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I Want to Believe We All are Full

of Sluices

for Hayley Brown



So maybe no one will ever ask

what I was doing when Notre Dame burned.

No one’s asked yet. It happened yesterday.

I was reading. I was reading a bad article.

Or a decent one that was making me feel bad.

One or the other. I could lie:

I don’t want to talk about it.

I could lie: I don’t remember.

Pretending not to know, the easiest

kind of lying. Strange we all knew

what to say—the people on the news,

the people on my Facebook feed. Oh, I was there,

once. Remember when. Recall the scene in movies

by him and him. Remember that summer you tried

to read Victor Hugo and gave up? We’ve all given up.

Or think we have. But then, all of a sudden, we know

what to say: It’s like we have these gated channels

we didn’t know about. Or maybe we’d forgotten,

on purpose. Partially filled. Or full enough. Our fingers wrapped

around the lever, the one that controls the gate,

even though we thought our fingers were up to something

else, like playing the piano or doing that intricate thing

of getting a half-inch piece of invisible tape

from the dispenser and onto the paper

hiding the gift. Brian Williams was persuasive:

Not just a France thing. Not just a Catholic thing.

A World Thing. A Culture Thing.

I drank up the casual elegance of an art historian,

a former Paris news bureau chief, a firefighter.

Three times a year I burn brush

on my basketball court. Holy moleskins! that sentence

put me at an angle

to myself. Why do I have a basketball court

in my backyard? How do I explain what I own?

Or claim to own? Or claim?

The article was “Four Signs You’re in a Healthy Relationship.”

I found something missing in every sign.

There’s a moment when I’m burning the brush pile,

which right now is everything I’ve collected

over the winter—the Christmas tree,

the branches that have fallen from the old trees,

from those trees I’ve neglected to trim

because it’s expensive (and I do know

it’s better to pay a man a thousand dollars today

than to watch a branch impale my two-year-old

tomorrow). There’s a moment when I’m burning

the brush pile when I know the fire

is in control. I’ve urged it along. I’ve created it,

I guess you could say. Then it takes over.

I’m holding the garden hose, thumb as gate,

spraying into the smoke, cooling the flyaways,

the floating embers. I’m trying

to be a good neighbor. I do not want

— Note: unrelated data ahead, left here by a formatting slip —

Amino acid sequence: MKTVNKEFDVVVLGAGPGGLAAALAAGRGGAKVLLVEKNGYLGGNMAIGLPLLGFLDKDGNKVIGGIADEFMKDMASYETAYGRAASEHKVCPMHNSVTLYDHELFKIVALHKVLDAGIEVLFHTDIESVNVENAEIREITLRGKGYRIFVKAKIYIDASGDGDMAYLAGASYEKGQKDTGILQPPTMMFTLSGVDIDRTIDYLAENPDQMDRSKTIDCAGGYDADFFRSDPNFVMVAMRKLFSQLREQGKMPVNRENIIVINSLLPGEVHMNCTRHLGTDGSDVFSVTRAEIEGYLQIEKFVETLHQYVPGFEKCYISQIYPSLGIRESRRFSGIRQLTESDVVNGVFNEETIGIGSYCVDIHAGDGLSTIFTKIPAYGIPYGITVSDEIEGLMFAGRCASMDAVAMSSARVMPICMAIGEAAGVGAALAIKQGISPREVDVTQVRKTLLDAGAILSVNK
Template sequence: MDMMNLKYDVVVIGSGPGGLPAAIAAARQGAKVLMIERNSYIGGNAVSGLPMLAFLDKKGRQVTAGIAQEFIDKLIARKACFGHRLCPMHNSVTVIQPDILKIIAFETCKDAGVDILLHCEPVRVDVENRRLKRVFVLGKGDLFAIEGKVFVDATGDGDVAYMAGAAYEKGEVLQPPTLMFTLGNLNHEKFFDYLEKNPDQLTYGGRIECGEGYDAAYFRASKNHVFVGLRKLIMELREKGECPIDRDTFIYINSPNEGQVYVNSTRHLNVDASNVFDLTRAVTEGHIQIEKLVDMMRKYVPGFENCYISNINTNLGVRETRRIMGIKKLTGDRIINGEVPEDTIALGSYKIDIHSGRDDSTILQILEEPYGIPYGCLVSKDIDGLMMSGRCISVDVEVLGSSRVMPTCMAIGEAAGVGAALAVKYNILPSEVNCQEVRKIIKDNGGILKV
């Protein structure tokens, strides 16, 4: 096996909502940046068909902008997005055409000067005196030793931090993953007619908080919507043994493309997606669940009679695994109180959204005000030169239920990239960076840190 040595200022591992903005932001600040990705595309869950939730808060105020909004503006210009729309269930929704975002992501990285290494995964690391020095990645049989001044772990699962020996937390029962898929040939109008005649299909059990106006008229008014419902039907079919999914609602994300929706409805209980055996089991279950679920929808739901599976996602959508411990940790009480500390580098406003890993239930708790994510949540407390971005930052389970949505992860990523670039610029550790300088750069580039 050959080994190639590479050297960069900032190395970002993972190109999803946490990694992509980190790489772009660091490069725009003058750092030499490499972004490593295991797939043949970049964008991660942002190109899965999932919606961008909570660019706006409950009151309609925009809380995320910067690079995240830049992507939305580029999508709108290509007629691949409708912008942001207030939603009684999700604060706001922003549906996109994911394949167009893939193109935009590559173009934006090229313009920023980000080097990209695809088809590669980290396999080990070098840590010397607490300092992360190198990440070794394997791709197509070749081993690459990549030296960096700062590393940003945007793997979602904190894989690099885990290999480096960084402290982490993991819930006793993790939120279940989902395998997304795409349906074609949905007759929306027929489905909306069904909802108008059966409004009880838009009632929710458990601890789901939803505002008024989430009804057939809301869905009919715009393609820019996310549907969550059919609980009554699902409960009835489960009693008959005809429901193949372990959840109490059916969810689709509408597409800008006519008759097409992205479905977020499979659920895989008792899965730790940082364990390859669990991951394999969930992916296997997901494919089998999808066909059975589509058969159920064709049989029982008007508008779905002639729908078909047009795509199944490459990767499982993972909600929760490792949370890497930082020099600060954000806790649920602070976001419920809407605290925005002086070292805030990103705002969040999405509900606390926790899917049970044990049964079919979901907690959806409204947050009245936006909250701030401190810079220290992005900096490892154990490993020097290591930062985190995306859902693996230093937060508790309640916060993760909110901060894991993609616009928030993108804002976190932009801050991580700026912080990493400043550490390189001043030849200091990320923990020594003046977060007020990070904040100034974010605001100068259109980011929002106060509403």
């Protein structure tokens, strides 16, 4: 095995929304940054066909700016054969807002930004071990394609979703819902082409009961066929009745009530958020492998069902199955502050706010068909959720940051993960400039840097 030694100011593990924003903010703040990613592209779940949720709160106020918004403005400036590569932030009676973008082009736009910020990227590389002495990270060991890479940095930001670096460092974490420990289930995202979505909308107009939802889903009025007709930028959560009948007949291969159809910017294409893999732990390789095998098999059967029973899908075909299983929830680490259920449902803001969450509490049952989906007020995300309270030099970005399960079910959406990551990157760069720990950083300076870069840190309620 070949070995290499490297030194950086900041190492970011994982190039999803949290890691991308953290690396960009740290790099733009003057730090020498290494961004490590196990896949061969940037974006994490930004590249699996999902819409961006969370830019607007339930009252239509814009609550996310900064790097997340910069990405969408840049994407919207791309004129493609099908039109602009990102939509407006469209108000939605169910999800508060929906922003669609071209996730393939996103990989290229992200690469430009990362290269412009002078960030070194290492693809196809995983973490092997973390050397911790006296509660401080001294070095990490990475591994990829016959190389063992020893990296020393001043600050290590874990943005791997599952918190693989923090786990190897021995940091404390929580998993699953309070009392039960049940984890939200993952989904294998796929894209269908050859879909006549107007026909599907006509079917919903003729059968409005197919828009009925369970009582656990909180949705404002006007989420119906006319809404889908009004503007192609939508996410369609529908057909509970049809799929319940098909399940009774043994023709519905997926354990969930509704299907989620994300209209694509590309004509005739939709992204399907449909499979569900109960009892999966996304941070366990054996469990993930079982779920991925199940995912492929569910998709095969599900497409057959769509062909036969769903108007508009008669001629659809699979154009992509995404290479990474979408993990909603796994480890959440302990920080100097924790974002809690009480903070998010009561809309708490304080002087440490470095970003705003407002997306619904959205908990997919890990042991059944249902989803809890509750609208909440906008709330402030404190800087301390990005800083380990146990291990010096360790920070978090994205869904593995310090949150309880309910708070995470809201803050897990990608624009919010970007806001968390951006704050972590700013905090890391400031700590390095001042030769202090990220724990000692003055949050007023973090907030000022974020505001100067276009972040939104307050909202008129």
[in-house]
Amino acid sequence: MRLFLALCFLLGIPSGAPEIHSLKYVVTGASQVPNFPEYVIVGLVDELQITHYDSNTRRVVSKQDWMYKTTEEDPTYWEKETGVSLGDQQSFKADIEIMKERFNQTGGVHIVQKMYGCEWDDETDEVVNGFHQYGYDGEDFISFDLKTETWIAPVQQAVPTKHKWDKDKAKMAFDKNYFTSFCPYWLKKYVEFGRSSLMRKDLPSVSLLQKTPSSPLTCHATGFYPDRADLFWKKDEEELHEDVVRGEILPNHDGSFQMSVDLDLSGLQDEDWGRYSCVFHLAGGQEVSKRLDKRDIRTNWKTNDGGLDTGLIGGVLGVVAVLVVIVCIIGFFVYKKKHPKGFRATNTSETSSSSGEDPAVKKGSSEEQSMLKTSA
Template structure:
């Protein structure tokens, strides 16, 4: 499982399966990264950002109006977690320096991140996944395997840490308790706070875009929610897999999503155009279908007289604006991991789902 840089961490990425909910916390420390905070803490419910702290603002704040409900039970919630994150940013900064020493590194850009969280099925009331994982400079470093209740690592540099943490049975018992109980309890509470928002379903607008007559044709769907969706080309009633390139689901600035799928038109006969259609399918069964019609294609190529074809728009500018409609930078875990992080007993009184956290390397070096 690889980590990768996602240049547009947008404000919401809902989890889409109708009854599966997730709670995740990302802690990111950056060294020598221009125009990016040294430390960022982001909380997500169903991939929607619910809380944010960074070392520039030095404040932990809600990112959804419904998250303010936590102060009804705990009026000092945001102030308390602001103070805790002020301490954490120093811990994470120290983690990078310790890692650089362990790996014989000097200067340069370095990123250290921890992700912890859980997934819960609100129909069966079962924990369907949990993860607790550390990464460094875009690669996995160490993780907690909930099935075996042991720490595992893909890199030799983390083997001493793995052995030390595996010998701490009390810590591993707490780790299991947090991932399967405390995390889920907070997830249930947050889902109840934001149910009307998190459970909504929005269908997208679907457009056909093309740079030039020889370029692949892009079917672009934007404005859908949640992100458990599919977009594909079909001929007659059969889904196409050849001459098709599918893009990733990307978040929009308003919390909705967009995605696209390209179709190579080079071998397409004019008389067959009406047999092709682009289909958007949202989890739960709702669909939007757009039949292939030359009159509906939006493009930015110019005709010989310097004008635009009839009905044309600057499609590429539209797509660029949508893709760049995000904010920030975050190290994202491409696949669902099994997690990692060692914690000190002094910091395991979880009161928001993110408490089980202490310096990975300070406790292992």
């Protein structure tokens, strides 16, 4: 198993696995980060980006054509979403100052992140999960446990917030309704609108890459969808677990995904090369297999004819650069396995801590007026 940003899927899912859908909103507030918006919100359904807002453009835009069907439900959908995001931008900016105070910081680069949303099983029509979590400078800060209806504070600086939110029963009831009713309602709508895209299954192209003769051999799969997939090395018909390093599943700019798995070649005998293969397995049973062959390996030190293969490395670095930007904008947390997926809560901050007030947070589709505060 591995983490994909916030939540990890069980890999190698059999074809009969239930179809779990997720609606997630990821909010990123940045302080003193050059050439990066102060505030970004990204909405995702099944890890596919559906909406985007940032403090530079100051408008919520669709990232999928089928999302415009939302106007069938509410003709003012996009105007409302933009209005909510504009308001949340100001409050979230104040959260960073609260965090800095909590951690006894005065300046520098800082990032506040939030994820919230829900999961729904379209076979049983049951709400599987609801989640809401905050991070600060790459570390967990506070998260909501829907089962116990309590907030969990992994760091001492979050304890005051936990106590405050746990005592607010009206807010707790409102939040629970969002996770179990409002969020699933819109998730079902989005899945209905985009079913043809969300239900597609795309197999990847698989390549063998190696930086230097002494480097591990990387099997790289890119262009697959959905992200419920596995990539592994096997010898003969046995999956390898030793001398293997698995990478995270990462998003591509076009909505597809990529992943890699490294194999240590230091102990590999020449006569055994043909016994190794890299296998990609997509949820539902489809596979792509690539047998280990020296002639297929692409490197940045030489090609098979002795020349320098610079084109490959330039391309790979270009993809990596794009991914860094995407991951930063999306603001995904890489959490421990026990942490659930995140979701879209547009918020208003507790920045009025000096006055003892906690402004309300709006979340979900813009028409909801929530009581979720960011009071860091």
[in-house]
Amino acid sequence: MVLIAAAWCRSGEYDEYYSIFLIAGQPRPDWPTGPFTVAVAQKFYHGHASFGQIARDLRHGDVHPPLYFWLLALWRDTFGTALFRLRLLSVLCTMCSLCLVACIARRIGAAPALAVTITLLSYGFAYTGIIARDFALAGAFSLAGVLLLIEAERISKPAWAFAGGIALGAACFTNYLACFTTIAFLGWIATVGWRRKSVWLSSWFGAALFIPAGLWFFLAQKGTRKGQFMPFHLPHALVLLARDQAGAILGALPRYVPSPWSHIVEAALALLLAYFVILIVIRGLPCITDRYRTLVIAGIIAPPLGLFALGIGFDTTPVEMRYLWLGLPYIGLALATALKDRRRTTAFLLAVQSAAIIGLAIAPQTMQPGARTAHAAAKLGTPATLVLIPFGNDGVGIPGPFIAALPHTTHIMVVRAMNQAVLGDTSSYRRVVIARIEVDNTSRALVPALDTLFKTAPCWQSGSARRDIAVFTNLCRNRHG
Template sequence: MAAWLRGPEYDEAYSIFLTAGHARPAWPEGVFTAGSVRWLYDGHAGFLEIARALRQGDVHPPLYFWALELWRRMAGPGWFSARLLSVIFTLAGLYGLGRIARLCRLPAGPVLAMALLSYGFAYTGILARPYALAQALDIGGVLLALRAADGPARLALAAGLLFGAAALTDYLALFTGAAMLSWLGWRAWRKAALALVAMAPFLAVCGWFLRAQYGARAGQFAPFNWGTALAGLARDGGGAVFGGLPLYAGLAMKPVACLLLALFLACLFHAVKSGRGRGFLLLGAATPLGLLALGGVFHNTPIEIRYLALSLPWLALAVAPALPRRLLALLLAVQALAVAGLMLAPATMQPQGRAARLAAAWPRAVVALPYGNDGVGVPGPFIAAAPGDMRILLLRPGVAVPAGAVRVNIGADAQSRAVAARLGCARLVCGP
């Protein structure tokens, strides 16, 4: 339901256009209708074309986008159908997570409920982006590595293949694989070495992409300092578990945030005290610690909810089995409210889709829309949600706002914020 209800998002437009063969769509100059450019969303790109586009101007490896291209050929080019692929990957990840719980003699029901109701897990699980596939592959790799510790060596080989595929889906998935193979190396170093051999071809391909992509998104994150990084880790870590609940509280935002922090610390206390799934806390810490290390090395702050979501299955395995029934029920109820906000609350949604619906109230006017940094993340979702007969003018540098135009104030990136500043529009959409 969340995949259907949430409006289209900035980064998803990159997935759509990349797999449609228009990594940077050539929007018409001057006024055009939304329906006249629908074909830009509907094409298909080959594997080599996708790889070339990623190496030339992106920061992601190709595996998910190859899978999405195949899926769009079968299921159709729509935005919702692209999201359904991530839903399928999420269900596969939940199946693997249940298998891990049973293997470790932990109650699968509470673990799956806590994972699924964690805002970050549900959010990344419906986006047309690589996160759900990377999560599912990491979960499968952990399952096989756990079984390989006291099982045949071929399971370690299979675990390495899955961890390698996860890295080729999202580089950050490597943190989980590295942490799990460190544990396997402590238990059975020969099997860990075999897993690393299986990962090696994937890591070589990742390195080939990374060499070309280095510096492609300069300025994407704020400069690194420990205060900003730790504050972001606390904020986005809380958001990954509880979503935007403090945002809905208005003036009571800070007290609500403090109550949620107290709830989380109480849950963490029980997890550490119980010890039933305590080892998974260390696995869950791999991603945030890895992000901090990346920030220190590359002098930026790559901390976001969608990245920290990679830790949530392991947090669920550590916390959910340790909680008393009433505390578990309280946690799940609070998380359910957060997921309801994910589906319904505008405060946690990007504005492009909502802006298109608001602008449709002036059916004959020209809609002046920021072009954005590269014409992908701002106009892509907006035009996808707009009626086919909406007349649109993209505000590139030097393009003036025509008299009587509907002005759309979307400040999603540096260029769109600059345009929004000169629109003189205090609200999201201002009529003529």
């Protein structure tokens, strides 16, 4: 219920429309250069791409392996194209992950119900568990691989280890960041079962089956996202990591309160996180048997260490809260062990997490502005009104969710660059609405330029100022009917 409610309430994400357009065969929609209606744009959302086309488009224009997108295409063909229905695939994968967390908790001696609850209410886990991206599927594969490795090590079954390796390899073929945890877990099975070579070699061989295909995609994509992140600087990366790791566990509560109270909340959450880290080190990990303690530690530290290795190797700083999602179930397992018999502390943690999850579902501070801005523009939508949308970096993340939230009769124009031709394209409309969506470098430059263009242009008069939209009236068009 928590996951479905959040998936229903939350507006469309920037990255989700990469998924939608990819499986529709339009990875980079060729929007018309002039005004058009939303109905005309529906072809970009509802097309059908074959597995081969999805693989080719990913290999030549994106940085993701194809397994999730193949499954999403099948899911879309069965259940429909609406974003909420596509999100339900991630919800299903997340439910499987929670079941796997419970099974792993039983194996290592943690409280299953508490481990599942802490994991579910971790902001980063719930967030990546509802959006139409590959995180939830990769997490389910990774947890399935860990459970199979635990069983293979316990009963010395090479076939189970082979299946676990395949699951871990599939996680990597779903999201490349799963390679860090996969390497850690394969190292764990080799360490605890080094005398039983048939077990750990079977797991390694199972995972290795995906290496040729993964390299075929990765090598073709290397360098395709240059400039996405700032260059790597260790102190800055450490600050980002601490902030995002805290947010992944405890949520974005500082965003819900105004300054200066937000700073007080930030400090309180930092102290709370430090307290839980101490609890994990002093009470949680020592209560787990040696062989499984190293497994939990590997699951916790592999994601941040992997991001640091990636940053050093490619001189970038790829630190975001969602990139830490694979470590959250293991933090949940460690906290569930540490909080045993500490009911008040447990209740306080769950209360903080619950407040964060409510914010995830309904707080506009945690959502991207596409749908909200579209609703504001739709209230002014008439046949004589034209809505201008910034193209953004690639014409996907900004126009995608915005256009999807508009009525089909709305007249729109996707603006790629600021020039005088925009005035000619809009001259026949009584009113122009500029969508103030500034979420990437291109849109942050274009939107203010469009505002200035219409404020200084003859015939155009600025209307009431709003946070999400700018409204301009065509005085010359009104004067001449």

to set any house afire

or watch as the wind does.

Apparently my house once housed a youth group.

Or they met there. A former owner a pastor, maybe.

Young people. Christians. Basketball.

I don’t know. It’s just a story I heard.

But when the fire becomes itself, it’s like,

well, it’s like skiing,

or maybe drinking beer from a funnel,

or maybe getting the spine chills

when a certain person looks at you.

Oh my. Oh my new capaciousness.

Possibilities bloom—and then ask for more.

And in asking they’re telling me, too: Be afraid.

It’s all right to fear this. The light gets multiplied,

even as it’s refracted, another name for diminished.

Maybe it’s like a vegetarian going to the shooting range

with the husband of the woman

he’s only recently convinced himself

he’s not in love with. It’s like shooting his service revolver,

a Glock 9mm, at a target, and afterwards having a necessary drink.

It’s all the chemical pathways, all saying they’re ready.

It’s this police officer, wearing sweatpants, weeks later

dropping off his wife at the vegetarian’s apartment,

the gun in his waistband—but smiling,

it’s a joke, it’s a joke, it’s a joke, it’s a joke,

because the vegetarian’s driving her to Chicago for the weekend,

and nobody’s in love and there’s no threat, not even

the possibility of anything resembling anything anyone

might call a threat.

Or it’s all the openings

of all the pathways at once.                  Realizing: oh, a sluice.

                        It’s realizing your body

                        is full

                        of sluices.

            And they’re filling

            with everything

            you asked to forget

            you knew.



The other day Hayley was telling me about her brother. She’d written about him. Then I asked. She said her brother lived as if he didn’t have a future. A balloon expanded somewhere—I heard before I felt—and then I want to say, for the first time in a while, I could trust my understanding: I knew exactly what she meant and how she meant it. Or I believed that’s what the balloon meant. What it was asking to mean.


I don’t know a response that would have kept the spire from toppling, the one that, as it fell and fell apart, a commentator was pointing out wasn’t universally adored, wasn’t even 800 years old. There may not always be a sluice—for every future, for every past. I don’t know much about fire. I can’t even give a two-year-old a good definition. I don’t know much about rebuilding. I don’t even know if I can trust what I’ve said before, what I’m saying right now: The limits are usually built into the plans.


The four signs I tried to forget as I remembered. The skier through the sluice, the funnel dry. An empty chamber. Every silent minute on the long drive through Illinois. Which is to say now I can’t say what’s missing. What’s been missing for a while.

—Richard Sonnenmoser
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